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# Naive Bayesian classification

Here is a worked example of naive Bayesian classification which is an application of Bayesian inference to the document classification problem.

Consider the problem of classifying documents by their content, for example into spam and non-spam E-mails. Imagine that documents are drawn from a number of classes of documents which can be modelled as sets of words where the (independent) probability that the i-th word of a given document occurs in a document from class C can be written as

(For this treatment, we simplify things further by assuming that the probability of a word in a document is independent of the length of a document, or that all documents are of the same length).

Then the probability of a given document D, given a class C, is

The question that we desire to answer is: "what is the probability that a given document D belongs to a given class C?"

Now, by their definition, (see Probability axiom)

and

Bayes' theorem manipulates these into a statement of probability in terms of likelihood.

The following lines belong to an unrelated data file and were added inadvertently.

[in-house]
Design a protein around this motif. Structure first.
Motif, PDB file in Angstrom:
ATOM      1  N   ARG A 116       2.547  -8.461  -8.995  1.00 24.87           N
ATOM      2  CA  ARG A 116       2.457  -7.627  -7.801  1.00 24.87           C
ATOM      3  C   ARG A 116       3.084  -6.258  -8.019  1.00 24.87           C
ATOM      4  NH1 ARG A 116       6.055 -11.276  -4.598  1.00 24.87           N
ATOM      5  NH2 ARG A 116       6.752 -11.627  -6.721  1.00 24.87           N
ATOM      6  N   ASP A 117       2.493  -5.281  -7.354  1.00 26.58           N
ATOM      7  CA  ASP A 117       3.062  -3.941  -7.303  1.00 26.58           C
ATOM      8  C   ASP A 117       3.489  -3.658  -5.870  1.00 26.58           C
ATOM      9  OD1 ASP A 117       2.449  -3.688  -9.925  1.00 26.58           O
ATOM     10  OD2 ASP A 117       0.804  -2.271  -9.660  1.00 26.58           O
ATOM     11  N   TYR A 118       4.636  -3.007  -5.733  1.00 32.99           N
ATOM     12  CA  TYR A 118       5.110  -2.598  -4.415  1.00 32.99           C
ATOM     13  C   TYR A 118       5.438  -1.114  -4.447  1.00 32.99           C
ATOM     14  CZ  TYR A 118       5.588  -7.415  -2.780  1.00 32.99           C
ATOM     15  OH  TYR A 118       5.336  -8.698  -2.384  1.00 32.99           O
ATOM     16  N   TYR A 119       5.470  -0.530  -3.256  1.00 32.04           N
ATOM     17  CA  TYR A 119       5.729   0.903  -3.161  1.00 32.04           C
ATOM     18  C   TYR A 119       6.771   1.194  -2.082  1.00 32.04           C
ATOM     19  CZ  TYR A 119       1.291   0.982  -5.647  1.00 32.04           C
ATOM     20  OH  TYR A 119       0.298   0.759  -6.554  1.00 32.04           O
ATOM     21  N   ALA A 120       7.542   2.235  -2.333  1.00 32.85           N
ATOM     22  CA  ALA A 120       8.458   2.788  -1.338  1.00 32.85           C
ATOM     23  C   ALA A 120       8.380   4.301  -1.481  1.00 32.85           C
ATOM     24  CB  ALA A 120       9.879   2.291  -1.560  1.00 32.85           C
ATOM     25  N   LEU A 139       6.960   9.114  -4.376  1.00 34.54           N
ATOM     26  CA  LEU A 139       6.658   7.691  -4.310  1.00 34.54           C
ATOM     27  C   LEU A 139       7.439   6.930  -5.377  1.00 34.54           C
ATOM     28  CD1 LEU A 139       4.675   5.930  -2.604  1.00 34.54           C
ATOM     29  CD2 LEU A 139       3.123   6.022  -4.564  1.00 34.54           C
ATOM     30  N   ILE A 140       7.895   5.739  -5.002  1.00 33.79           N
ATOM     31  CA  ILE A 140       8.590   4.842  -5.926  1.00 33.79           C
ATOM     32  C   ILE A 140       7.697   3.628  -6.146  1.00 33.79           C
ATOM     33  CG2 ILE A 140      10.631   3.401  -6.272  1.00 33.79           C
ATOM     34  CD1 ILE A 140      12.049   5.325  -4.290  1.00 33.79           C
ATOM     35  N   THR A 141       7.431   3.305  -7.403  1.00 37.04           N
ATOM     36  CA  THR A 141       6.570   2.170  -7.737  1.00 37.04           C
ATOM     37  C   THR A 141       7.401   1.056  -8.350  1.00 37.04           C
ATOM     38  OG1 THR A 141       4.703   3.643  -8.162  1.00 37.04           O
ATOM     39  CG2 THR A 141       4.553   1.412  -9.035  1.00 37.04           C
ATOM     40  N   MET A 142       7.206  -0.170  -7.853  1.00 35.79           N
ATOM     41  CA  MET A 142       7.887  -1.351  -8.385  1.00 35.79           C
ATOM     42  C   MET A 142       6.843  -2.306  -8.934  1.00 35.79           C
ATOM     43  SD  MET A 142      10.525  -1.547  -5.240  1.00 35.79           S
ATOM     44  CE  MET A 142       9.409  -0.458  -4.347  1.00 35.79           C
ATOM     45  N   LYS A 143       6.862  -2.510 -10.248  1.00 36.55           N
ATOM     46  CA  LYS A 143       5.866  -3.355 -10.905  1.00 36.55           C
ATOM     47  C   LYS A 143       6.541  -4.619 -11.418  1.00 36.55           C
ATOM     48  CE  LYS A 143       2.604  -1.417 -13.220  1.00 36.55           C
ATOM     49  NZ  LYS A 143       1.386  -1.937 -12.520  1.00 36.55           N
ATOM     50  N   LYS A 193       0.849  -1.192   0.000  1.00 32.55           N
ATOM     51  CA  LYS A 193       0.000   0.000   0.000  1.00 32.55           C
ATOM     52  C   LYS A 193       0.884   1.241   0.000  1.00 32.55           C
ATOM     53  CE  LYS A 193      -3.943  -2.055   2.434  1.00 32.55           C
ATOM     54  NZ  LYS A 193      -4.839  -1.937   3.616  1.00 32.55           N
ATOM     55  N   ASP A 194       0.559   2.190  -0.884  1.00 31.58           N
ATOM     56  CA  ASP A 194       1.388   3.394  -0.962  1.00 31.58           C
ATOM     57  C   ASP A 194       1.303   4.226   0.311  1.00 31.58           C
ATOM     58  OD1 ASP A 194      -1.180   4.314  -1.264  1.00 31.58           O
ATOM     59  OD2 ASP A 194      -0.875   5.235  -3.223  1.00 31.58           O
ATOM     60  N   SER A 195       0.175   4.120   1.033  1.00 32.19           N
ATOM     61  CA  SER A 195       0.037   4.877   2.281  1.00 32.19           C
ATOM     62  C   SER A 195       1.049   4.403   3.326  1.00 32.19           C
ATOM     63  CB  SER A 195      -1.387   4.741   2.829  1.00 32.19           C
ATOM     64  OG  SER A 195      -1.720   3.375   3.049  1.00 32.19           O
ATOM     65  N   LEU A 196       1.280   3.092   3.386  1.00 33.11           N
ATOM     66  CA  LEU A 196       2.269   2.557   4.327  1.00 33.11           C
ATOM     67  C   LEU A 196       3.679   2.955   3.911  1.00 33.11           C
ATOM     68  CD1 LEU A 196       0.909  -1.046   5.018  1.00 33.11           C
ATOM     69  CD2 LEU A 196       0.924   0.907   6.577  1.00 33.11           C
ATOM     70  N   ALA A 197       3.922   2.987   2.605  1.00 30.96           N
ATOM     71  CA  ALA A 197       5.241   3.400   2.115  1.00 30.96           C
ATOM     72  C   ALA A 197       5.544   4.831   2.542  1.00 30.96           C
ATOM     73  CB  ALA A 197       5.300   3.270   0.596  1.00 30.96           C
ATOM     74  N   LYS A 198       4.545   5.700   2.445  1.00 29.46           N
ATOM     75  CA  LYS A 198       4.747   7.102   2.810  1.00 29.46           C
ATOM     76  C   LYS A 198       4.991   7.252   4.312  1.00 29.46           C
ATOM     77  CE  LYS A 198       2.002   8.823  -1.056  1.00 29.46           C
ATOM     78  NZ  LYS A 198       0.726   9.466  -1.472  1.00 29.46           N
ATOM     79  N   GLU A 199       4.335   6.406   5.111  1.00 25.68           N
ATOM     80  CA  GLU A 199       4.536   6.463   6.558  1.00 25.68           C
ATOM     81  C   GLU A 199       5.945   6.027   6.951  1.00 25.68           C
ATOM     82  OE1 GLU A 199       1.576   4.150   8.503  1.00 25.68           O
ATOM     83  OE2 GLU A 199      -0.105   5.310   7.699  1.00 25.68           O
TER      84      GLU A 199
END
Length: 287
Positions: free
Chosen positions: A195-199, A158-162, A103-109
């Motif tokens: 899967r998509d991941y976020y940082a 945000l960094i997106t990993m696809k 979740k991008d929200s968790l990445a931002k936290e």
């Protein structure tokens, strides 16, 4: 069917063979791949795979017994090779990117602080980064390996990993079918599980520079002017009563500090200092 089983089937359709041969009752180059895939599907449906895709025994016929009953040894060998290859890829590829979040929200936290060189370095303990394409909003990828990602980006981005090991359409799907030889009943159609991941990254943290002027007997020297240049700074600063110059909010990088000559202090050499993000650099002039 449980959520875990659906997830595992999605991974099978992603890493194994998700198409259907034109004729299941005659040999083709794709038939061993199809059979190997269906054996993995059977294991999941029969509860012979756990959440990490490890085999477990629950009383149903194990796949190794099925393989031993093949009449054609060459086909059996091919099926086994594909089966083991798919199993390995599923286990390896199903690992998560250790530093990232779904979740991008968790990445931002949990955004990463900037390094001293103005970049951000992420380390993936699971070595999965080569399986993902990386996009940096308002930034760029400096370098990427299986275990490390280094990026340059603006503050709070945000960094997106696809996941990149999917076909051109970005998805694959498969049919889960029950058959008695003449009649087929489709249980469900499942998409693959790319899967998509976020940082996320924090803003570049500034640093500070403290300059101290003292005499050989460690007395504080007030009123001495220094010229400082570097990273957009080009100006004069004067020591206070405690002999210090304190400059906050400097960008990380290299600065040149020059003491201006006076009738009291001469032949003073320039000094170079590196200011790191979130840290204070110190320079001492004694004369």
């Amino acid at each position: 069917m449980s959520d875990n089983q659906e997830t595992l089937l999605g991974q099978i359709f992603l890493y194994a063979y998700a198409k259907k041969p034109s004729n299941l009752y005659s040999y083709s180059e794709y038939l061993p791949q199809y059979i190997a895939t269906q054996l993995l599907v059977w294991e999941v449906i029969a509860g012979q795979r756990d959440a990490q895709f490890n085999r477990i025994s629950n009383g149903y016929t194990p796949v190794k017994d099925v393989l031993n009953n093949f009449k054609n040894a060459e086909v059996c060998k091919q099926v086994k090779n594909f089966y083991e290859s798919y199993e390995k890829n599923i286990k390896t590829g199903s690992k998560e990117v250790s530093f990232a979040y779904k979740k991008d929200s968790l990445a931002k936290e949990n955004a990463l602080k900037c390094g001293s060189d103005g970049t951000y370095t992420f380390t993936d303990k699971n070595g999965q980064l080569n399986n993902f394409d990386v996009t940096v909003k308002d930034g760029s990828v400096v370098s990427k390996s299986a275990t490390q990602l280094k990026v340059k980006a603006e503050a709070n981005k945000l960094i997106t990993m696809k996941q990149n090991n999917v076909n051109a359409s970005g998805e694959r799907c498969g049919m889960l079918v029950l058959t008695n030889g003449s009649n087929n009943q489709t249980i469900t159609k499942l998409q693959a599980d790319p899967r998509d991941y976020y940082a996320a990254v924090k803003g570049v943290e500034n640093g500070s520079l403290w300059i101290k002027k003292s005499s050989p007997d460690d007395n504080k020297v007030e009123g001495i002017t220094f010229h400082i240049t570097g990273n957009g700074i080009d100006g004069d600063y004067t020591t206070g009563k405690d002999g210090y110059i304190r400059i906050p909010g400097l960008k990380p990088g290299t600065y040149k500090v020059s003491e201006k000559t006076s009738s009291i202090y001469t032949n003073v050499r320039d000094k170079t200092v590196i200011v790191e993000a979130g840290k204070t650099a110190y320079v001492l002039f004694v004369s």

Assume for the moment that there are only two classes, S and ¬S.

and

Using the Bayesian result above, we can write:

Dividing one by the other gives:

Which can be re-factored as:

Thus, the probability ratio p(S | D) / p(¬S | D) can be expressed in terms of a series of likelihood ratios. The actual probability p(S | D) can be easily computed from ln(p(S | D) / p(¬S | D)) based on the observation that p(S | D) + p(¬S | D) = 1.

Taking the logarithm of all these ratios, we have:

This technique of "log-likelihood ratios" is a common technique in statistics. In the case of two mutually exclusive alternatives (such as this example), the conversion of a log-likelihood ratio to a probability takes the form of a sigmoid curve: see logit for details.

In real life, the naive Bayes approach is more powerful than might be expected from the extreme simplicity of its model; in particular, it is fairly robust in the presence of non-independent attributes wi. Recent theoretical analysis has shown why the naive Bayes classifier is so robust.